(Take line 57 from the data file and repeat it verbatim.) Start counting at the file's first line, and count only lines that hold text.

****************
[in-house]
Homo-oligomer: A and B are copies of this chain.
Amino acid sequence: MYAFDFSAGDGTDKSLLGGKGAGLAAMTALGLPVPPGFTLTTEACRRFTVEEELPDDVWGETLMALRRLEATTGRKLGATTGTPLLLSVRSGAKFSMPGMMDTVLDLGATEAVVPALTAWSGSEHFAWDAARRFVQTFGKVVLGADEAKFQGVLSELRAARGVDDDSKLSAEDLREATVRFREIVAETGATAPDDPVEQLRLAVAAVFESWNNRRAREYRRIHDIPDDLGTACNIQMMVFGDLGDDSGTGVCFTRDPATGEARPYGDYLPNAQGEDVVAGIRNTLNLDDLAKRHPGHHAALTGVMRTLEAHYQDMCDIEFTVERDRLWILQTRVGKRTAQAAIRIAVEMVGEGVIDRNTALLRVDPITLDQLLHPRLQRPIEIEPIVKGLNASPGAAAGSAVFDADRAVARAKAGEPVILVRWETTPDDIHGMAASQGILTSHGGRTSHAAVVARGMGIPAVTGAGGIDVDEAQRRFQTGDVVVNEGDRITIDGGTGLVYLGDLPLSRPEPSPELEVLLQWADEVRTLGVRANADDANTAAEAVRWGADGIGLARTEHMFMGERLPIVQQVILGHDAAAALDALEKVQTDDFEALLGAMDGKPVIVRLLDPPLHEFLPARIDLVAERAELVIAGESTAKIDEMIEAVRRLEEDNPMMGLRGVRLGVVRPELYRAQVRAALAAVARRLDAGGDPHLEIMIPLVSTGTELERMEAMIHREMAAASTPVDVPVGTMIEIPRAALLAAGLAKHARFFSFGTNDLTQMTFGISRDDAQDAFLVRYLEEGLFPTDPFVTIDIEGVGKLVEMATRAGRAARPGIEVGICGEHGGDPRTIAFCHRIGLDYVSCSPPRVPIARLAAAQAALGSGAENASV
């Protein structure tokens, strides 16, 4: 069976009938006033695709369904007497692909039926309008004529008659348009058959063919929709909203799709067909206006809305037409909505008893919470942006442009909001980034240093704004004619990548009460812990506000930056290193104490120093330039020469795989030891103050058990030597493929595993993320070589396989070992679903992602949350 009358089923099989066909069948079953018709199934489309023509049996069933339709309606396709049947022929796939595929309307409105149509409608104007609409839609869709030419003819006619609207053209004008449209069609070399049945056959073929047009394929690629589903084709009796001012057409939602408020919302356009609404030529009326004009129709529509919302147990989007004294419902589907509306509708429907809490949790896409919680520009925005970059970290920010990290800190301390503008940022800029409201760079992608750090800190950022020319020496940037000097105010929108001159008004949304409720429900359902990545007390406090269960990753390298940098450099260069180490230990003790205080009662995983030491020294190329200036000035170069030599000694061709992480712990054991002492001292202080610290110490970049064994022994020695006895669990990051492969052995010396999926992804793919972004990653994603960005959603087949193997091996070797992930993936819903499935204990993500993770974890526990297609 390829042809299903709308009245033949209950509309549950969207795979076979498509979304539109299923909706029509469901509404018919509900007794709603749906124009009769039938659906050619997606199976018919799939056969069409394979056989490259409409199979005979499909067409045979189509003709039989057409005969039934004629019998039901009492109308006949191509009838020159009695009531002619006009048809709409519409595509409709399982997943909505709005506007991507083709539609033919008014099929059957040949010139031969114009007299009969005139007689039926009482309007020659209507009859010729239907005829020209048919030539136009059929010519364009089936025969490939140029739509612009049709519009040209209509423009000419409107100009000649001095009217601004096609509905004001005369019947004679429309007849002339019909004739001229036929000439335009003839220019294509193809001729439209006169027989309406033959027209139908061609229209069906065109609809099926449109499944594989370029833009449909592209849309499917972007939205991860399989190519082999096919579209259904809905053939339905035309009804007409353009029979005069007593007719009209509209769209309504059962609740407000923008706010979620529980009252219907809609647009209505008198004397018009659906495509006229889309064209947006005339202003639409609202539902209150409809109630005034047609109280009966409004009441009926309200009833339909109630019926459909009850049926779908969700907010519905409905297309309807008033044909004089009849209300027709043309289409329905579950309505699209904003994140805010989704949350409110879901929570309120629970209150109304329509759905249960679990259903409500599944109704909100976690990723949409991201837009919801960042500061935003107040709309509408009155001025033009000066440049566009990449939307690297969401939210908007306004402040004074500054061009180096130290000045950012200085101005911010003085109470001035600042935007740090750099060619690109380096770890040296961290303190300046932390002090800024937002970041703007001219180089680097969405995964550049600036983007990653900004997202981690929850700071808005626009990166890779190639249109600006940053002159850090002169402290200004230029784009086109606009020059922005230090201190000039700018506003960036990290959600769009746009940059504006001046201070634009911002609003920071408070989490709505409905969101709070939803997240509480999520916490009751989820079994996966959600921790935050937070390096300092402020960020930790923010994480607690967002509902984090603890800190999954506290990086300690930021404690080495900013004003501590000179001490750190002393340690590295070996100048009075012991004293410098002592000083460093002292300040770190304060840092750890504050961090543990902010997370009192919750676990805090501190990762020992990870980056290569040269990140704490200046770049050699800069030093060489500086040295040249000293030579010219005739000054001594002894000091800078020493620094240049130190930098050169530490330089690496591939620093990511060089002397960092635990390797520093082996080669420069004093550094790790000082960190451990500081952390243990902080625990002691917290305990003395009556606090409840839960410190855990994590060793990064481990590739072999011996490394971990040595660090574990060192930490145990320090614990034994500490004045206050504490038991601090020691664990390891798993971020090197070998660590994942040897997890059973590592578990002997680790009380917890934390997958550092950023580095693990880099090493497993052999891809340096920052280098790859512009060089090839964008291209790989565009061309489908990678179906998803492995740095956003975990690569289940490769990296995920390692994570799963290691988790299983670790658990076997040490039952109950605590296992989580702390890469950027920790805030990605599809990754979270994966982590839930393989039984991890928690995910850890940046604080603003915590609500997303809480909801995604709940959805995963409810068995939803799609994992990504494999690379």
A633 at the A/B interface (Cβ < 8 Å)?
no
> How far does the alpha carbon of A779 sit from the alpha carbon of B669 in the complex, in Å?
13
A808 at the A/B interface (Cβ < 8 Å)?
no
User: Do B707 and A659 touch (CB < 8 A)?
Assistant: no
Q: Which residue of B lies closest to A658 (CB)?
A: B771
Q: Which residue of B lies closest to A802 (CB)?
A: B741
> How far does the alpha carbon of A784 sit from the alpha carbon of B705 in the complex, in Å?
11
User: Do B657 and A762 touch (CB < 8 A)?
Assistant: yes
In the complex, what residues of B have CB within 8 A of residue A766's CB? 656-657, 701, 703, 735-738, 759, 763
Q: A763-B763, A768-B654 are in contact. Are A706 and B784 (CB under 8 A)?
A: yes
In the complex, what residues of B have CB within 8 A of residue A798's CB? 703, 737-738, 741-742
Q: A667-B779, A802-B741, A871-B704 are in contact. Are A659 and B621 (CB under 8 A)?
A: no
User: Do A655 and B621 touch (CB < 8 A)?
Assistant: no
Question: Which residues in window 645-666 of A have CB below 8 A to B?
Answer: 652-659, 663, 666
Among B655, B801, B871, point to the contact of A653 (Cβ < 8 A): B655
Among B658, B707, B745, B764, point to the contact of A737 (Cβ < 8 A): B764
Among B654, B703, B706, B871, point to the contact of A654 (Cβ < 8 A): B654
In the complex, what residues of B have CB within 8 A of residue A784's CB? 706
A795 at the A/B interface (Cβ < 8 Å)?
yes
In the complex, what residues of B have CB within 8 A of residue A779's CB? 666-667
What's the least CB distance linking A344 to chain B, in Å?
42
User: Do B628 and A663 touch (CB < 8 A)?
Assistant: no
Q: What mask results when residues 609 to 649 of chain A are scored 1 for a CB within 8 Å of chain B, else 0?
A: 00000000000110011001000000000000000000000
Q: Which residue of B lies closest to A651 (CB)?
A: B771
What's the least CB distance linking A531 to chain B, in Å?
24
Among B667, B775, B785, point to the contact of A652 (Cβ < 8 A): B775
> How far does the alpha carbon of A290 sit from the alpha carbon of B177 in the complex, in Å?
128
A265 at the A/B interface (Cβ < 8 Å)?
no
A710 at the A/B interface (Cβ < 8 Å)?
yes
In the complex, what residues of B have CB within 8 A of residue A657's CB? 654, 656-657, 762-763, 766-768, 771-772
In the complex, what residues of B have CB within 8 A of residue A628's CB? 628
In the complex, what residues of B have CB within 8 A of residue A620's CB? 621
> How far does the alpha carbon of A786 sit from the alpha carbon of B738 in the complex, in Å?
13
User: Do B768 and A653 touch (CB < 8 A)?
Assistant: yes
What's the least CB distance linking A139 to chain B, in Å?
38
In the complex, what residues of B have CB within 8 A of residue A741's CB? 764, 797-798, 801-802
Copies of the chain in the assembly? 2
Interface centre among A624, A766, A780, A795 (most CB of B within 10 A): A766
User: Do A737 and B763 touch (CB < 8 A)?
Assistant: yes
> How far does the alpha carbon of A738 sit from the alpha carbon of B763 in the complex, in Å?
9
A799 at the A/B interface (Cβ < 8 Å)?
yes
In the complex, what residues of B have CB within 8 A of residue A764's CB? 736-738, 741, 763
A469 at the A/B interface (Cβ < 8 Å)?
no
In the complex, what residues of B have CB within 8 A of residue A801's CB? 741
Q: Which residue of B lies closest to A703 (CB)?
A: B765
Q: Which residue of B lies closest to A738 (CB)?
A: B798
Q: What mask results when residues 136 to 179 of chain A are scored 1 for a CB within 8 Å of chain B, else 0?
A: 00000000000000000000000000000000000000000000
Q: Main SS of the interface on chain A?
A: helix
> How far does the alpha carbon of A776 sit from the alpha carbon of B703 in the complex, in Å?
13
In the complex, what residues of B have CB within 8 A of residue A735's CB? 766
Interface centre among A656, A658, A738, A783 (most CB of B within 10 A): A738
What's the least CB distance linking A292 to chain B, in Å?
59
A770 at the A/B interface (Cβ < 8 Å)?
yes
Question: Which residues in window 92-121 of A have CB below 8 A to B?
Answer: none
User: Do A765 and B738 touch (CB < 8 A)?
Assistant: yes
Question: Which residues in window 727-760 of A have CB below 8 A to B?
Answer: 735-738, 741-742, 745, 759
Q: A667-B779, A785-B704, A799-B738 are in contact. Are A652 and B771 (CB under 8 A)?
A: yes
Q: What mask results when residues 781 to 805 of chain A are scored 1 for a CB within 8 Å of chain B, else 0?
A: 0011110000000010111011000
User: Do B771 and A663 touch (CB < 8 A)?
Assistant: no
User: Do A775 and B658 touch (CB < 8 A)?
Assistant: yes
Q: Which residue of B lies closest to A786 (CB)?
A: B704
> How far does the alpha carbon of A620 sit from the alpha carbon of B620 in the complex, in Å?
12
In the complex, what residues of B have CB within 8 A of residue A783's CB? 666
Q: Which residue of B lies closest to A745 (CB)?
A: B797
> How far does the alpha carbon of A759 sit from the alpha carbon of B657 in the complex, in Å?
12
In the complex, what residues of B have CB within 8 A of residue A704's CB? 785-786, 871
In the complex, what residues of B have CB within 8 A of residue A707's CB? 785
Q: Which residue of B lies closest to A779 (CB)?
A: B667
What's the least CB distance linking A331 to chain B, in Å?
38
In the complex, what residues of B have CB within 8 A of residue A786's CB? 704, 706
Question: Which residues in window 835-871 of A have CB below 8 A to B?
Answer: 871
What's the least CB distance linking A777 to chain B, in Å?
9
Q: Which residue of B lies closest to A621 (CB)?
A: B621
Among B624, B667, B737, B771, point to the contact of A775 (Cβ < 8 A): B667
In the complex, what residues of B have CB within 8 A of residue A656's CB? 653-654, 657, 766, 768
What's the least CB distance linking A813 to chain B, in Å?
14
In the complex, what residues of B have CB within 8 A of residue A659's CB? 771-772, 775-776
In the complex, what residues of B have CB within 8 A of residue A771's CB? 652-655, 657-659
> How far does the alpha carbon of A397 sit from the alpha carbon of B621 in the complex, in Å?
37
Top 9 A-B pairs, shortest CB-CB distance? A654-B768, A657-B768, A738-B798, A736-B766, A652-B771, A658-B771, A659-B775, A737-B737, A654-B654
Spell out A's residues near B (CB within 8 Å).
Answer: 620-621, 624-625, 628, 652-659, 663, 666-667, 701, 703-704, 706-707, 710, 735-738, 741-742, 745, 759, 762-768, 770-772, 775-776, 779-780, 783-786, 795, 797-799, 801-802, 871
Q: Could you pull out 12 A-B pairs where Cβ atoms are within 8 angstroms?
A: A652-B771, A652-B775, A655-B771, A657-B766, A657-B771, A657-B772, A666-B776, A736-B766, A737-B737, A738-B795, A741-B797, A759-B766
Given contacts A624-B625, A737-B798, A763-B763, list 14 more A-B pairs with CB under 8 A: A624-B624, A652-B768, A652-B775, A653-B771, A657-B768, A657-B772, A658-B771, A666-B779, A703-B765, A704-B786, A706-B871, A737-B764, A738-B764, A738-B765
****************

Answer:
In the complex, what residues of B have CB within 8 A of residue A620's CB? 621